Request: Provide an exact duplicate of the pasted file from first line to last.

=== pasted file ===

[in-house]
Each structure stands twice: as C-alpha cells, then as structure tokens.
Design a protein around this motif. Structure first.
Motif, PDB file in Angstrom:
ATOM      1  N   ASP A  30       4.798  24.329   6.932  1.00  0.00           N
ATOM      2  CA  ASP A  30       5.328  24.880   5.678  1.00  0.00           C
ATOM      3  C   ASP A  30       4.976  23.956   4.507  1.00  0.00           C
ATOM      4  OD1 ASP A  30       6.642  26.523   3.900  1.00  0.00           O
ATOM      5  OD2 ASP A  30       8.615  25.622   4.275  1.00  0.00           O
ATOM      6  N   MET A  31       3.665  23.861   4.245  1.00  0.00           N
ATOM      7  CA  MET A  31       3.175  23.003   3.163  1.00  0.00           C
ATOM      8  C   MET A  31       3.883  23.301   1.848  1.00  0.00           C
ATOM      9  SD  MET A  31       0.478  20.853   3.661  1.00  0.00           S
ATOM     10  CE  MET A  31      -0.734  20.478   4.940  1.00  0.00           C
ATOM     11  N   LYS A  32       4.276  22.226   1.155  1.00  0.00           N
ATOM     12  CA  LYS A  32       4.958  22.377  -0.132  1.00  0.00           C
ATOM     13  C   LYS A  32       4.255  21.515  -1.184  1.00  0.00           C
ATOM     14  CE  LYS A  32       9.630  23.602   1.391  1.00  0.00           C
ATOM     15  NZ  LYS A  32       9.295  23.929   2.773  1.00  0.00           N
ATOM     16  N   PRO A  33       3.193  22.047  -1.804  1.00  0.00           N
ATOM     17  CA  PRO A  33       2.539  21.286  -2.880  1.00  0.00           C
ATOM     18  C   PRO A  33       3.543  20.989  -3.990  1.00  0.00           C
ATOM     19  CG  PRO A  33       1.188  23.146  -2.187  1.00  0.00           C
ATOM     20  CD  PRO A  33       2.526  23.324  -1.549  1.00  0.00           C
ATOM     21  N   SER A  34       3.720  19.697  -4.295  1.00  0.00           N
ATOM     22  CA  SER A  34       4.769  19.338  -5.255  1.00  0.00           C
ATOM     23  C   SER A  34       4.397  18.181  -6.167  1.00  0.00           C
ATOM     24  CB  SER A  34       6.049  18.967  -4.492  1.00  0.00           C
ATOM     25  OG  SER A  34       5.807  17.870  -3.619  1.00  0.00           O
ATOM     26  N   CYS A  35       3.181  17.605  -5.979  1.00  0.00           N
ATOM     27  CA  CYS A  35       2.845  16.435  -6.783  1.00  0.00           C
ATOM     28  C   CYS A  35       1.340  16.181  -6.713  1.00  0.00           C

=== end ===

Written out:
[in-house]
Each structure stands twice: as C-alpha cells, then as structure tokens.
Design a protein around this motif. Structure first.
Motif, PDB file in Angstrom:
ATOM      1  N   ASP A  30       4.798  24.329   6.932  1.00  0.00           N
ATOM      2  CA  ASP A  30       5.328  24.880   5.678  1.00  0.00           C
ATOM      3  C   ASP A  30       4.976  23.956   4.507  1.00  0.00           C
ATOM      4  OD1 ASP A  30       6.642  26.523   3.900  1.00  0.00           O
ATOM      5  OD2 ASP A  30       8.615  25.622   4.275  1.00  0.00           O
ATOM      6  N   MET A  31       3.665  23.861   4.245  1.00  0.00           N
ATOM      7  CA  MET A  31       3.175  23.003   3.163  1.00  0.00           C
ATOM      8  C   MET A  31       3.883  23.301   1.848  1.00  0.00           C
ATOM      9  SD  MET A  31       0.478  20.853   3.661  1.00  0.00           S
ATOM     10  CE  MET A  31      -0.734  20.478   4.940  1.00  0.00           C
ATOM     11  N   LYS A  32       4.276  22.226   1.155  1.00  0.00           N
ATOM     12  CA  LYS A  32       4.958  22.377  -0.132  1.00  0.00           C
ATOM     13  C   LYS A  32       4.255  21.515  -1.184  1.00  0.00           C
ATOM     14  CE  LYS A  32       9.630  23.602   1.391  1.00  0.00           C
ATOM     15  NZ  LYS A  32       9.295  23.929   2.773  1.00  0.00           N
ATOM     16  N   PRO A  33       3.193  22.047  -1.804  1.00  0.00           N
ATOM     17  CA  PRO A  33       2.539  21.286  -2.880  1.00  0.00           C
ATOM     18  C   PRO A  33       3.543  20.989  -3.990  1.00  0.00           C
ATOM     19  CG  PRO A  33       1.188  23.146  -2.187  1.00  0.00           C
ATOM     20  CD  PRO A  33       2.526  23.324  -1.549  1.00  0.00           C
ATOM     21  N   SER A  34       3.720  19.697  -4.295  1.00  0.00           N
ATOM     22  CA  SER A  34       4.769  19.338  -5.255  1.00  0.00           C
ATOM     23  C   SER A  34       4.397  18.181  -6.167  1.00  0.00           C
ATOM     24  CB  SER A  34       6.049  18.967  -4.492  1.00  0.00           C
ATOM     25  OG  SER A  34       5.807  17.870  -3.619  1.00  0.00           O
ATOM     26  N   CYS A  35       3.181  17.605  -5.979  1.00  0.00           N
ATOM     27  CA  CYS A  35       2.845  16.435  -6.783  1.00  0.00           C
ATOM     28  C   CYS A  35       1.340  16.181  -6.713  1.00  0.00           C